Tesla executives say they chose San Jose because the company wasborn in the Silicon Valley and its current headquarters is just 20miles away, which means its engineers and executives reside in thegeneral area as well as the rest of the company's 250 employees. Inaddition, it's where the skilled high-tech work force is generallylocated, and California is where it expects to find the most buyersearly on. The company's first two showrooms are in Menlo Park inNorthern California and Santa Monica in Southern California.

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"Big deals like this happen when both parties have somethingsignificant to gain," said Tesla president and CEO Ze'ev Drori at aTuesday morning press conference. "Locating Tesla's headquarters,manufacturing and R&D in San Jose will allow us to proceed withminimum disruptions and virtually no dislocations."The cities areworking on a 40-year lease agreement that includes no rent for thefirst 10 years. Tesla would pay $1.5 million a year for theproperty for the next 10 years, and then for the final 20 years itsrent would increase at a rate of 2% per annum. To build the campus,Tesla will use a $150-million loan guarantee from the US Dept. ofEnergy and a $150-million private capital round led by GoldmanSachs. In addition, the state of California will essentially waivethe sales tax on $100 million worth of equipment for Tesla. Inreturn, Tesla will construct the campus with LEED-Goldcertification as its goal.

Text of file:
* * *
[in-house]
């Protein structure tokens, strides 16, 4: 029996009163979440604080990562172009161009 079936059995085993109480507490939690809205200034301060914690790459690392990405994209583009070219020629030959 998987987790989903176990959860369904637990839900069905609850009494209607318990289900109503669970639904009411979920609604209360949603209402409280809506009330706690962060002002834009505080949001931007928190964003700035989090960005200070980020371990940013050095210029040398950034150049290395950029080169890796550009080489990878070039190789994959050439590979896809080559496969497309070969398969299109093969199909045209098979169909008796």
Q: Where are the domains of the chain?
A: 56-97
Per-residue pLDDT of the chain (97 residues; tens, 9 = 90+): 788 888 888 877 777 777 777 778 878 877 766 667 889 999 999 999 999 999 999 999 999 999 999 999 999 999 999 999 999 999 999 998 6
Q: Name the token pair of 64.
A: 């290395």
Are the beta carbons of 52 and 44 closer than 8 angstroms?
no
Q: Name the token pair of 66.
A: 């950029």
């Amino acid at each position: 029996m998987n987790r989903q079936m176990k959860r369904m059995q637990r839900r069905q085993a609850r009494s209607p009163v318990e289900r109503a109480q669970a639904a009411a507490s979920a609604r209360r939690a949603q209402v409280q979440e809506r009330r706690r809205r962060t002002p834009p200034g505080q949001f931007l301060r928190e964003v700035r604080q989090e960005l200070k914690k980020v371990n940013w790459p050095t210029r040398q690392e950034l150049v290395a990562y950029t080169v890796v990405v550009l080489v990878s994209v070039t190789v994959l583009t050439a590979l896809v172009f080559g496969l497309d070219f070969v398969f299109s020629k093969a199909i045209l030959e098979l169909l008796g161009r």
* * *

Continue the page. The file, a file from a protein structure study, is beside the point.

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Construction of the campus is expected to generate 600 jobs and$40 million in wages. Permanent jobs at the campus would total1,000 and have an annual payroll in excess of $100 million.

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The workers will be focused on Model S, Tesla's zero-emission,five-passenger luxury sedan powered by a lithium-ion battery pack.It is expected to have a base price of about $60,000 and get about240 miles per charge. The first sedans will likely roll off theassembly line in late 2010. Initially Tesla plans to produce 15,000vehicles a year and eventually ramp up to 30,000.

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Tesla's first production vehicle is the Roadster, azero-emission, all-electric, two-seat sports car. On sale now inthe United States and Europe for more than $100,000, the Roadsteris assembled, and will continue to be assembled—at a Group LotusPLC factory in Hethel, UK. Tesla has delivered about 30 Roadstersso far, and is ramping up production to meet demand. More than1,200 people have reportedly put down deposits.

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As part of its expansion Tesla has been adding experience. MikeDonoughe, who spent 24 years at Chrysler, is now the Tesla EVPoverseeing both the Model S and Roadster programs. Deepak Ahuja,formerly a controller at Ford, is now Tesla's CFO. Franz vonHolzhausen, former director of design for Mazda North America, isdesigning the Model S.

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